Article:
The main regulator of Wall Street is increasing control over the intermediaries who treat cryptocurrencies, according to two people familiar with the issue, the last sign that the authorities want to know more about a growing market that they fear may be full of misconduct  In recent weeks, intermediaries have been conducted with questions from examiners of the Securities and Exchange Commission on their business practices and how they deal with customers, according to one of the people who requested Anonymity to discuss the review. Among other things, the SEC is looking for specific information on the commissions generated by trading, financing and the initial offer of coins. The agency is also collecting data on the involvement of investment advisers, another person said.
Cryptocurrencies have received increasing attention in recent years from regulators, including SEC President Jay Clayton, who said they believe the ICO market is full of fraud. The agency's audit unit has sued companies that alleges violations of securities laws through coin offerings and Bloomberg News reported that attorneys from the Department of Justice have opened an investigation criminal about the fact that traders are manipulating the price of Bitcoin and other digital currencies.  They are mostly smaller brokerage firms that deal with virtual tokens. No Wall Street bank currently trades cryptocurrencies.
The SEC Audit, led by the Office of Compliance Inspections and Examinations, follows requests for information from hedge funds on how they evaluate digital investments. These are industry self-regulators like Financial Industry Regulatory Authority and members of the National Futures Association's application companies on their relationships with cryptocurrencies.
"They are trying to understand the whole ecosystem", John L Jacobs, executive director of the Georgetown Center for Markets and Financial Policy at the University of Georgetown, has declared requests from regulatory bodies. "They are still struggling to make sure this is an efficient organized market."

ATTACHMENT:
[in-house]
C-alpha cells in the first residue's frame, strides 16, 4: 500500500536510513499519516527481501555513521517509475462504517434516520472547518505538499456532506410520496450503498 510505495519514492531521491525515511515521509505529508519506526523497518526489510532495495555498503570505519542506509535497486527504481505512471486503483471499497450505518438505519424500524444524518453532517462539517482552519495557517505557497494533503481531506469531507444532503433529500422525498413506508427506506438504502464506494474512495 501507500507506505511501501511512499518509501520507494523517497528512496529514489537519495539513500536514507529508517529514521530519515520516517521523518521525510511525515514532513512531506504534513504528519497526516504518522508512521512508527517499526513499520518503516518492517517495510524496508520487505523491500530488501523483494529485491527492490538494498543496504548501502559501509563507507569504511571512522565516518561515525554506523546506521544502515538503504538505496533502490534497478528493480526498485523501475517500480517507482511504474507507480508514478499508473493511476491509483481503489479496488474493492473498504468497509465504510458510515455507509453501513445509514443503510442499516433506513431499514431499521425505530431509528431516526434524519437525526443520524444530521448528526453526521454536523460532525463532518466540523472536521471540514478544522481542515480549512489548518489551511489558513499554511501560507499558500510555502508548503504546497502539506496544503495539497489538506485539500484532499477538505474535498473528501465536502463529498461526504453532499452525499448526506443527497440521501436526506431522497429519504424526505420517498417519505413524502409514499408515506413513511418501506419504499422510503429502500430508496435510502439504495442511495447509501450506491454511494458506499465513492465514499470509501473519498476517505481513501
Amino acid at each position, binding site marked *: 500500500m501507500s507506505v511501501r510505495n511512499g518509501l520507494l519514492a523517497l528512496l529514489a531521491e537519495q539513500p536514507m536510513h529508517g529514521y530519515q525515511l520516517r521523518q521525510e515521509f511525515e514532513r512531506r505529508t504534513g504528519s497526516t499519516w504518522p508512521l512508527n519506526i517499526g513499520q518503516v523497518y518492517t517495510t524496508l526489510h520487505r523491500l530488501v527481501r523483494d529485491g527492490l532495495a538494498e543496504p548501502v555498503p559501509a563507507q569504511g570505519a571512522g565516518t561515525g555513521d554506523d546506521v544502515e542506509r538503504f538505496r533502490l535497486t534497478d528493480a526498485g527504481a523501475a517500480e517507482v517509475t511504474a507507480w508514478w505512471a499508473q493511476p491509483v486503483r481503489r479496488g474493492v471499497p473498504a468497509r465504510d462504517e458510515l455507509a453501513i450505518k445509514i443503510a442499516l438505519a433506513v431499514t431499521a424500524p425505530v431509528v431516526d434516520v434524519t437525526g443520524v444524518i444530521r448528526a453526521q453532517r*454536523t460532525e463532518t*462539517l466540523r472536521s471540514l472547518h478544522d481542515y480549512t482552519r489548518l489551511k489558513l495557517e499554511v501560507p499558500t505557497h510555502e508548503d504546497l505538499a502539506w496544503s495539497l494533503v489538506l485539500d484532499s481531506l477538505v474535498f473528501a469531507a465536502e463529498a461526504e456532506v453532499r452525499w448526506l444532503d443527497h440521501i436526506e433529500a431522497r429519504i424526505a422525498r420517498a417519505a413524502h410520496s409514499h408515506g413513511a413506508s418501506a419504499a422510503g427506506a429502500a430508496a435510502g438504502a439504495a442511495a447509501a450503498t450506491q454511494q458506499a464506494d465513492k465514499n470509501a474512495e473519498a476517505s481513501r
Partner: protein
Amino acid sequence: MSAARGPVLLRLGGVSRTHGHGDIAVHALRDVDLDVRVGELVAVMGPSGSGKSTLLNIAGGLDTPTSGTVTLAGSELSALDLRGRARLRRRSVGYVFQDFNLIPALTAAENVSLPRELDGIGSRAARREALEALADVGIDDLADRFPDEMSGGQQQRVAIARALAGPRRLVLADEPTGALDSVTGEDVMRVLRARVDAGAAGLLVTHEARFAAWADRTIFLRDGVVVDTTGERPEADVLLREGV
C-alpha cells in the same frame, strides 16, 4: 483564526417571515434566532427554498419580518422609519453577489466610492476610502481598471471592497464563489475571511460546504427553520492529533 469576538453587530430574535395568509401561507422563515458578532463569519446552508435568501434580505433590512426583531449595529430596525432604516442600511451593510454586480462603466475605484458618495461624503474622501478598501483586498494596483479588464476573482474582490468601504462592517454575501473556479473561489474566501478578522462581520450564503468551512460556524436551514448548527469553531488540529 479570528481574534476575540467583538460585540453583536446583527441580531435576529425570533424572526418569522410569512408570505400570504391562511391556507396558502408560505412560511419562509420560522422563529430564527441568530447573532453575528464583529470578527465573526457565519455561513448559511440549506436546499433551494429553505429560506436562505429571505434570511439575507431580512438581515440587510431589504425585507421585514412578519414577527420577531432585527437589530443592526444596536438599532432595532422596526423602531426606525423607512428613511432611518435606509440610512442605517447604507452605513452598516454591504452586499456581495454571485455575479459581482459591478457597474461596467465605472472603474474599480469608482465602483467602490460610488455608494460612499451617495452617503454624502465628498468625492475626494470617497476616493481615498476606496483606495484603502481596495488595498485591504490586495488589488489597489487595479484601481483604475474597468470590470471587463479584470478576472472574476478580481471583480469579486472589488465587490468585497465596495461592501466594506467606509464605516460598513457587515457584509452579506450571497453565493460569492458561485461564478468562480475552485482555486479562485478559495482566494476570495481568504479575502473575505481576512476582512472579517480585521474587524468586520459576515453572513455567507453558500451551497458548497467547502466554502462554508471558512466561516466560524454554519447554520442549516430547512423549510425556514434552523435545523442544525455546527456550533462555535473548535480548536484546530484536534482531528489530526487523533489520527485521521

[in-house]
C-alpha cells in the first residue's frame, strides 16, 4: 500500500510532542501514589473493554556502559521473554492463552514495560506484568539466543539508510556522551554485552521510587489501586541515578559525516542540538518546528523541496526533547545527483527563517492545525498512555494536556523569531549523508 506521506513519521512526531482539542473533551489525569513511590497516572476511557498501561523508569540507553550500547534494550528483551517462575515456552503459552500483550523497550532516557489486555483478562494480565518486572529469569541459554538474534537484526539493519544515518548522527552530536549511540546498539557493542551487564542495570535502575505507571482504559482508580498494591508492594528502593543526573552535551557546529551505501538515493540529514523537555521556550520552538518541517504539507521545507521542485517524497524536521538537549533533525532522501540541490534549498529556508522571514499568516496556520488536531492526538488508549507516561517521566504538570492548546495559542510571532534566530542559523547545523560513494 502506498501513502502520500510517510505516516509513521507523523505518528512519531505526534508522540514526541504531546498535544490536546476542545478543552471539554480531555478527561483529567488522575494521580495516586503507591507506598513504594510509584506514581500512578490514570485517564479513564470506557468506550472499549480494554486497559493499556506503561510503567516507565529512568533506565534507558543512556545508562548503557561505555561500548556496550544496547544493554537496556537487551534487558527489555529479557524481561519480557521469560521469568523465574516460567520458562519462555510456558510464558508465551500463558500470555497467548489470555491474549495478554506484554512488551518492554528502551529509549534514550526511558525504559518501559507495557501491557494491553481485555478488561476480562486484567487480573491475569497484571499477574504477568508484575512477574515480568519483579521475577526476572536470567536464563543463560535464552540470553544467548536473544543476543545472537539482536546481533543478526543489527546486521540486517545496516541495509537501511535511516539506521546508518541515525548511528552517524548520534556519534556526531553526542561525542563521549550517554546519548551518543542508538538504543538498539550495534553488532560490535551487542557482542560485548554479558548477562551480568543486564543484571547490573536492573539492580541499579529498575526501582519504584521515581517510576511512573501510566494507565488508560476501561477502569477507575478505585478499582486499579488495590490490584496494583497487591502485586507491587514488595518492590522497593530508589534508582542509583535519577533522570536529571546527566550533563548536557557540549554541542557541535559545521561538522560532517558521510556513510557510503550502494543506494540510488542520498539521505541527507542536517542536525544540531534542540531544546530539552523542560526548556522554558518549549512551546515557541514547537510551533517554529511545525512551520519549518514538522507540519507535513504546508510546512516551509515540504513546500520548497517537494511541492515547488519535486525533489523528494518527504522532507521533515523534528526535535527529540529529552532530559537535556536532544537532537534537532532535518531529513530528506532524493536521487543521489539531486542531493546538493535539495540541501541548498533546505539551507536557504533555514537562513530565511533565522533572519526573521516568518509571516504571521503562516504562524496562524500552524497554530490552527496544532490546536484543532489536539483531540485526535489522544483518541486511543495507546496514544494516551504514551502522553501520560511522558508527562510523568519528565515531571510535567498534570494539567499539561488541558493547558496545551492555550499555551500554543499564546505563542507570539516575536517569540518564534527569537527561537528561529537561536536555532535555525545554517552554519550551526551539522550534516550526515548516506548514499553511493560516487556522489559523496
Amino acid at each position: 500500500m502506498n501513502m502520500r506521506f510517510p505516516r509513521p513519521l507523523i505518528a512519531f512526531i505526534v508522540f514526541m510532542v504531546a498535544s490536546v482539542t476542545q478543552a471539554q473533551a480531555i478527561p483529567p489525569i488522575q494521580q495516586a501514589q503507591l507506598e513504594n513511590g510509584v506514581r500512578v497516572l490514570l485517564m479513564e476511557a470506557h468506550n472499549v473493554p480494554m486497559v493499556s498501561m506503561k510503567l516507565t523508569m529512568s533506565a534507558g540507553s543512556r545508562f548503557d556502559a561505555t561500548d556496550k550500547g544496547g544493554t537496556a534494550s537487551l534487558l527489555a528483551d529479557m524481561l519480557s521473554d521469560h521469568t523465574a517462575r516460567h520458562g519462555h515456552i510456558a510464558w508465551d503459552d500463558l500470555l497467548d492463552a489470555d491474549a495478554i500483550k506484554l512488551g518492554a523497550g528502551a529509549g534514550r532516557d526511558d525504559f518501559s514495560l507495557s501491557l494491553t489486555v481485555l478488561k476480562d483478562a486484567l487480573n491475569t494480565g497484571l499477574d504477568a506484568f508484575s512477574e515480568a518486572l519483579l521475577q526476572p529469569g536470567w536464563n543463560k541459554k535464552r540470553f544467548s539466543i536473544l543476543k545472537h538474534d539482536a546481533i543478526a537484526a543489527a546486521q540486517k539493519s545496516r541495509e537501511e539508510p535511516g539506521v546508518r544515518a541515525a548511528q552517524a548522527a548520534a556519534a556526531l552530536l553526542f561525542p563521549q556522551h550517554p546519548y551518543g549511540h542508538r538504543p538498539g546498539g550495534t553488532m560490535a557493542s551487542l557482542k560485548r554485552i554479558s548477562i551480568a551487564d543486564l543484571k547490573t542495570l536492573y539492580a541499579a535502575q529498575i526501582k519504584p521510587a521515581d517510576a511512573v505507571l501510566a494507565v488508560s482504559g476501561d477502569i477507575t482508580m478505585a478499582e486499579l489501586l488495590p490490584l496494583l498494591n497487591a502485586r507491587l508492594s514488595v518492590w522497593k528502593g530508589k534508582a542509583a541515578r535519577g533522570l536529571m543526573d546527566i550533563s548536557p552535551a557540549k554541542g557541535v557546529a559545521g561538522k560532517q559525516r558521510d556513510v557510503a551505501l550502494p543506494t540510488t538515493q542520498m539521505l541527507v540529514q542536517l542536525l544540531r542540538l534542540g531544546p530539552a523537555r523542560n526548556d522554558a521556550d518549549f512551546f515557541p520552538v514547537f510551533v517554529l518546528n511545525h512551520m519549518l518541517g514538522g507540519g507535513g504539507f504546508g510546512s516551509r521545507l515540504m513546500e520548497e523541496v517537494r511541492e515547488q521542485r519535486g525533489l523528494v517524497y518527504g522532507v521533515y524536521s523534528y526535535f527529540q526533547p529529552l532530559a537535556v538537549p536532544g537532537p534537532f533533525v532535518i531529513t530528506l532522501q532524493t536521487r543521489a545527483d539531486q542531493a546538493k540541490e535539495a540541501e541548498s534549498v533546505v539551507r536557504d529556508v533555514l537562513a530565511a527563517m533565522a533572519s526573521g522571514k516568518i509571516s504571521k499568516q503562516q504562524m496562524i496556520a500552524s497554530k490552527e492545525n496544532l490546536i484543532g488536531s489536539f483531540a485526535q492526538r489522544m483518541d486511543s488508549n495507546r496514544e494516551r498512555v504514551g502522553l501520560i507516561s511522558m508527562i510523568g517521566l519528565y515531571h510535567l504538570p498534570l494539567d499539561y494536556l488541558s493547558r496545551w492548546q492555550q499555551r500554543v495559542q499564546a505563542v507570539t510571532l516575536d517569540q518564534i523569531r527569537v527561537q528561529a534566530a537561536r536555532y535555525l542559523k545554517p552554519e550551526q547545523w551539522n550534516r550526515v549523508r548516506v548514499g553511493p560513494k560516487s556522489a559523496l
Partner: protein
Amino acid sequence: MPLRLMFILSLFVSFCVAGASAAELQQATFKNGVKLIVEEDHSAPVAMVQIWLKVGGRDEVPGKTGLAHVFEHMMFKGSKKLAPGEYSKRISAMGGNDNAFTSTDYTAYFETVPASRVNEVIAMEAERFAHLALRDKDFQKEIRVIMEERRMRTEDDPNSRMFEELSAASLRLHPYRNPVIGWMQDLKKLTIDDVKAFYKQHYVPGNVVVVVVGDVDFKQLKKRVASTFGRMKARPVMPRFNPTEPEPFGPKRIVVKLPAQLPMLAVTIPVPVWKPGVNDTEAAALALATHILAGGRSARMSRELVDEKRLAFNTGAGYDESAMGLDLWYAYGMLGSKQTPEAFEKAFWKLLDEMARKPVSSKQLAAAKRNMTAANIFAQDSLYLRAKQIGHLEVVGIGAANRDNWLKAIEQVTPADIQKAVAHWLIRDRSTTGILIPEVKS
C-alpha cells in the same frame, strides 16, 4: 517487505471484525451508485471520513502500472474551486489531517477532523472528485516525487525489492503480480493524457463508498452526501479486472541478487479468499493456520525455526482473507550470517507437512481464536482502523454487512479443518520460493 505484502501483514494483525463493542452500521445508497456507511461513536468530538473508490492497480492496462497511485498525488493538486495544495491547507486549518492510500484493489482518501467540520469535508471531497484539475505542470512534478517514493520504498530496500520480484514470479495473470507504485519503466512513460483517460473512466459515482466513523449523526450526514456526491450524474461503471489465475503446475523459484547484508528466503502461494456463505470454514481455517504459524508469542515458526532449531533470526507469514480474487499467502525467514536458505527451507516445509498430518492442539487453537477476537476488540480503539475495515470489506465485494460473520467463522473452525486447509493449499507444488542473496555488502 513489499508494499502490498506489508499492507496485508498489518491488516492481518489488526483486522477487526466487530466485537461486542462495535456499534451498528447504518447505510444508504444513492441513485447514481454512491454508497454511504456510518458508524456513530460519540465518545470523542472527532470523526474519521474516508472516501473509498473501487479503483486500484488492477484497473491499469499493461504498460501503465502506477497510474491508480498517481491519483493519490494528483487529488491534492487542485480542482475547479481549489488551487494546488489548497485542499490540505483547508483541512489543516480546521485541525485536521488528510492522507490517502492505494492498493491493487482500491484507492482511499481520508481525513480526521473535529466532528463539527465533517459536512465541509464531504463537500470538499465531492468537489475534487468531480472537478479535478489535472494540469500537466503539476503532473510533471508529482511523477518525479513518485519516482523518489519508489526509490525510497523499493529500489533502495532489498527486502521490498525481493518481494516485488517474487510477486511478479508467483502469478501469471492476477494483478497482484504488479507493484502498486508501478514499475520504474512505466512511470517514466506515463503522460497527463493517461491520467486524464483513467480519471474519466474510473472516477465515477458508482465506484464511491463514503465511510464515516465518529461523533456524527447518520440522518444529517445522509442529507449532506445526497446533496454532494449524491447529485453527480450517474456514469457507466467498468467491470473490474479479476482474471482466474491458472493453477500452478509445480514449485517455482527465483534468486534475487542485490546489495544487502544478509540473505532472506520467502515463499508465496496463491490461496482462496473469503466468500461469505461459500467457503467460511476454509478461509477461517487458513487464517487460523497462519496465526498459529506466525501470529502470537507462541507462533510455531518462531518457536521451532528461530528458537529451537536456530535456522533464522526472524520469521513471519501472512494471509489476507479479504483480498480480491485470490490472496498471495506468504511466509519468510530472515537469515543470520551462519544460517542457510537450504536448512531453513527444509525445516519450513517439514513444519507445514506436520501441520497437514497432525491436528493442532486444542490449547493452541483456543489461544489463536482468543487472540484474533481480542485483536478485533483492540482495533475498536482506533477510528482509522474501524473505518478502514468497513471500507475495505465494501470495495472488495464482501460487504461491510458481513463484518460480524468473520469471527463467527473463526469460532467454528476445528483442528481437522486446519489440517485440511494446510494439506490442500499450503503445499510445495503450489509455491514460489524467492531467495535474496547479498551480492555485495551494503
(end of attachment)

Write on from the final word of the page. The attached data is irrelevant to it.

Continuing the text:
Natalie Strom, a spokeswoman for Clayton, declined to comment.
The primary function of the OCIE is to conduct examinations with the aim of protecting investors and ensuring market integrity. When the inspectors of the unit identify signs of misconduct, they usually report the results to the SEC control division for further checks that may lead to formal investigations, fines and other penalties when irregularities are discovered
"Retail investors "
" The cryptocurrency and ICO markets have grown rapidly and present a number of risks for retail investors, "said OCIE in a February report outlining exam priorities for this year. "Areas of interest will include, among other things, whether financial professionals will maintain adequate controls and safeguards to protect these assets from theft or misappropriation."
Of course, some intermediaries and money managers have reported their involvement with regulators and asked for guidance to ensure that they comply with the law. Others have been less imminent, and the regulatory landscape is complicated by legal disputes about which assets should be considered securities under the jurisdiction of the SEC.
In addition to asking mediators if they were involved with ICO, the SEC was also questioning companies about their compensation agreements, as well as on staff and other internal issues, one of the people said. Finra, the first-line brokerage regulator overseen by the SEC, sent businesses a notice last month asking them to notify the agency if they are involved with digital assets.
NFA, the industry-financied regulator for the derivatives industry, notified Commodity Futures Trading Commission last month that plans to request that companies dealing with cryptocurrency and liquidity derivatives do more information.
"It looks like it is moving from where the house is on fire to incorporate the supervision of intermediaries," said Jeff Bandman, director of Bandman Advisors, whose clients include cryptographic companies.
– With the assistance of Matt Robinson